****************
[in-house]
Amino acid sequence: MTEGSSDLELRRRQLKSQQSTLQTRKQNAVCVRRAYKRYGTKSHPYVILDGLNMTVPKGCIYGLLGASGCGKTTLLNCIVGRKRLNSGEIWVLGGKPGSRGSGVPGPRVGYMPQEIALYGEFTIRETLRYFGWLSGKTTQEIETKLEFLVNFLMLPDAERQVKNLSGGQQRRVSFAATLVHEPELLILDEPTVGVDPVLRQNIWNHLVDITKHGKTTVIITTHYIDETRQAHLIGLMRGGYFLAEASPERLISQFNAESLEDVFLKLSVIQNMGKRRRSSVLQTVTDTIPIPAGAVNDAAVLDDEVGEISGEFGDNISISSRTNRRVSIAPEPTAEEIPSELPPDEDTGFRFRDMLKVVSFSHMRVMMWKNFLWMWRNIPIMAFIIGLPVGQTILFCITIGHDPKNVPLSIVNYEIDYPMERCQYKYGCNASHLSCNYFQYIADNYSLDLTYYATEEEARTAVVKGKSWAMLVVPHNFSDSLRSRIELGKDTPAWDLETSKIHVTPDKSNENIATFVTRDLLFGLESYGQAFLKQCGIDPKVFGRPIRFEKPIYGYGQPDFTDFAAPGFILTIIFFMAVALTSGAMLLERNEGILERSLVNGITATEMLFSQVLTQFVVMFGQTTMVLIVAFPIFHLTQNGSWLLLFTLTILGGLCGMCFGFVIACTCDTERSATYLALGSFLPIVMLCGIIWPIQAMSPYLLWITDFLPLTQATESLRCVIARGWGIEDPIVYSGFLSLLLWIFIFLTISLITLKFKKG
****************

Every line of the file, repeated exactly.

[in-house]
Amino acid sequence: MTEGSSDLELRRRQLKSQQSTLQTRKQNAVCVRRAYKRYGTKSHPYVILDGLNMTVPKGCIYGLLGASGCGKTTLLNCIVGRKRLNSGEIWVLGGKPGSRGSGVPGPRVGYMPQEIALYGEFTIRETLRYFGWLSGKTTQEIETKLEFLVNFLMLPDAERQVKNLSGGQQRRVSFAATLVHEPELLILDEPTVGVDPVLRQNIWNHLVDITKHGKTTVIITTHYIDETRQAHLIGLMRGGYFLAEASPERLISQFNAESLEDVFLKLSVIQNMGKRRRSSVLQTVTDTIPIPAGAVNDAAVLDDEVGEISGEFGDNISISSRTNRRVSIAPEPTAEEIPSELPPDEDTGFRFRDMLKVVSFSHMRVMMWKNFLWMWRNIPIMAFIIGLPVGQTILFCITIGHDPKNVPLSIVNYEIDYPMERCQYKYGCNASHLSCNYFQYIADNYSLDLTYYATEEEARTAVVKGKSWAMLVVPHNFSDSLRSRIELGKDTPAWDLETSKIHVTPDKSNENIATFVTRDLLFGLESYGQAFLKQCGIDPKVFGRPIRFEKPIYGYGQPDFTDFAAPGFILTIIFFMAVALTSGAMLLERNEGILERSLVNGITATEMLFSQVLTQFVVMFGQTTMVLIVAFPIFHLTQNGSWLLLFTLTILGGLCGMCFGFVIACTCDTERSATYLALGSFLPIVMLCGIIWPIQAMSPYLLWITDFLPLTQATESLRCVIARGWGIEDPIVYSGFLSLLLWIFIFLTISLITLKFKKG